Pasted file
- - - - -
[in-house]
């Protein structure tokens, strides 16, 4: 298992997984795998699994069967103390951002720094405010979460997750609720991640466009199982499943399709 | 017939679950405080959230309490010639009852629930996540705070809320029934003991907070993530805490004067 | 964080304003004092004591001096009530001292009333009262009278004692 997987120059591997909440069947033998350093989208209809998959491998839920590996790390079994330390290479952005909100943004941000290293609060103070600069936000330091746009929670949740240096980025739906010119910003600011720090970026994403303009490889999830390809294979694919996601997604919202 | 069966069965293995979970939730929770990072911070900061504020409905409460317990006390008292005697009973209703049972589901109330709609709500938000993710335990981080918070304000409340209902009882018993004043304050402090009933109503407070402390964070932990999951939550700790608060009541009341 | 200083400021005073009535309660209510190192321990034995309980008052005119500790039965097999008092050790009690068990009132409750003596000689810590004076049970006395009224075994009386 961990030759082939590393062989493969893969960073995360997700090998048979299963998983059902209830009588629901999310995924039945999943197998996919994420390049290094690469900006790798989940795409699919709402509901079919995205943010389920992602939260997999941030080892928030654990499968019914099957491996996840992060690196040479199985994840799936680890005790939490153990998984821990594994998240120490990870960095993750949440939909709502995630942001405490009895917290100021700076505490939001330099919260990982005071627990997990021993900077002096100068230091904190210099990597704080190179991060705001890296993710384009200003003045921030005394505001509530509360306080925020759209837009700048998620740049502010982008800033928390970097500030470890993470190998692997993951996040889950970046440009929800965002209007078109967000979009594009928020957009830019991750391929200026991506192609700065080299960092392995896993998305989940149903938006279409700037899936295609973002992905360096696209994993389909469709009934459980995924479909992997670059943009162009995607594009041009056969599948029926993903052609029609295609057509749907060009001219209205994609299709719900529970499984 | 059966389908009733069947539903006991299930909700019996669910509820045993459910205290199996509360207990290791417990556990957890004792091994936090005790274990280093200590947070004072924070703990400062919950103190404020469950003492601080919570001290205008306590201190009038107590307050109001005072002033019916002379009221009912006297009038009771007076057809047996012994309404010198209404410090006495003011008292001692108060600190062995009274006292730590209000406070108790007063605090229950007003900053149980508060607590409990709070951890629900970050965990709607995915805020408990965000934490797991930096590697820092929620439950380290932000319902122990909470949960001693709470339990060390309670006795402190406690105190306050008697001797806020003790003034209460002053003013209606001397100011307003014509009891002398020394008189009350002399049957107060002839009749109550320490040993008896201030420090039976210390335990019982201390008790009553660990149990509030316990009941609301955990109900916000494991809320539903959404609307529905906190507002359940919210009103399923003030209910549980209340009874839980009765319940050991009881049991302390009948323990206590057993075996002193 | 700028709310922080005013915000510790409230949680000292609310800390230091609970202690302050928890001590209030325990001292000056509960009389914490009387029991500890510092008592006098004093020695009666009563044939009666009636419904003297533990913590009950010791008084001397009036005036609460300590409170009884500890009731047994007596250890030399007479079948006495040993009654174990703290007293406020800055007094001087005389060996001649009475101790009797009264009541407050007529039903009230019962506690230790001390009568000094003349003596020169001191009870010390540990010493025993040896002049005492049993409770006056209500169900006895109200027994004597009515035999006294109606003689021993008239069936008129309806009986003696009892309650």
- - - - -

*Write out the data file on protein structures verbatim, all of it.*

[in-house]
């Protein structure tokens, strides 16, 4: 298992997984795998699994069967103390951002720094405010979460997750609720991640466009199982499943399709 | 017939679950405080959230309490010639009852629930996540705070809320029934003991907070993530805490004067 | 964080304003004092004591001096009530001292009333009262009278004692 997987120059591997909440069947033998350093989208209809998959491998839920590996790390079994330390290479952005909100943004941000290293609060103070600069936000330091746009929670949740240096980025739906010119910003600011720090970026994403303009490889999830390809294979694919996601997604919202 | 069966069965293995979970939730929770990072911070900061504020409905409460317990006390008292005697009973209703049972589901109330709609709500938000993710335990981080918070304000409340209902009882018993004043304050402090009933109503407070402390964070932990999951939550700790608060009541009341 | 200083400021005073009535309660209510190192321990034995309980008052005119500790039965097999008092050790009690068990009132409750003596000689810590004076049970006395009224075994009386 961990030759082939590393062989493969893969960073995360997700090998048979299963998983059902209830009588629901999310995924039945999943197998996919994420390049290094690469900006790798989940795409699919709402509901079919995205943010389920992602939260997999941030080892928030654990499968019914099957491996996840992060690196040479199985994840799936680890005790939490153990998984821990594994998240120490990870960095993750949440939909709502995630942001405490009895917290100021700076505490939001330099919260990982005071627990997990021993900077002096100068230091904190210099990597704080190179991060705001890296993710384009200003003045921030005394505001509530509360306080925020759209837009700048998620740049502010982008800033928390970097500030470890993470190998692997993951996040889950970046440009929800965002209007078109967000979009594009928020957009830019991750391929200026991506192609700065080299960092392995896993998305989940149903938006279409700037899936295609973002992905360096696209994993389909469709009934459980995924479909992997670059943009162009995607594009041009056969599948029926993903052609029609295609057509749907060009001219209205994609299709719900529970499984 | 059966389908009733069947539903006991299930909700019996669910509820045993459910205290199996509360207990290791417990556990957890004792091994936090005790274990280093200590947070004072924070703990400062919950103190404020469950003492601080919570001290205008306590201190009038107590307050109001005072002033019916002379009221009912006297009038009771007076057809047996012994309404010198209404410090006495003011008292001692108060600190062995009274006292730590209000406070108790007063605090229950007003900053149980508060607590409990709070951890629900970050965990709607995915805020408990965000934490797991930096590697820092929620439950380290932000319902122990909470949960001693709470339990060390309670006795402190406690105190306050008697001797806020003790003034209460002053003013209606001397100011307003014509009891002398020394008189009350002399049957107060002839009749109550320490040993008896201030420090039976210390335990019982201390008790009553660990149990509030316990009941609301955990109900916000494991809320539903959404609307529905906190507002359940919210009103399923003030209910549980209340009874839980009765319940050991009881049991302390009948323990206590057993075996002193 | 700028709310922080005013915000510790409230949680000292609310800390230091609970202690302050928890001590209030325990001292000056509960009389914490009387029991500890510092008592006098004093020695009666009563044939009666009636419904003297533990913590009950010791008084001397009036005036609460300590409170009884500890009731047994007596250890030399007479079948006495040993009654174990703290007293406020800055007094001087005389060996001649009475101790009797009264009541407050007529039903009230019962506690230790001390009568000094003349003596020169001191009870010390540990010493025993040896002049005492049993409770006056209500169900006895109200027994004597009515035999006294109606003689021993008239069936008129309806009986003696009892309650």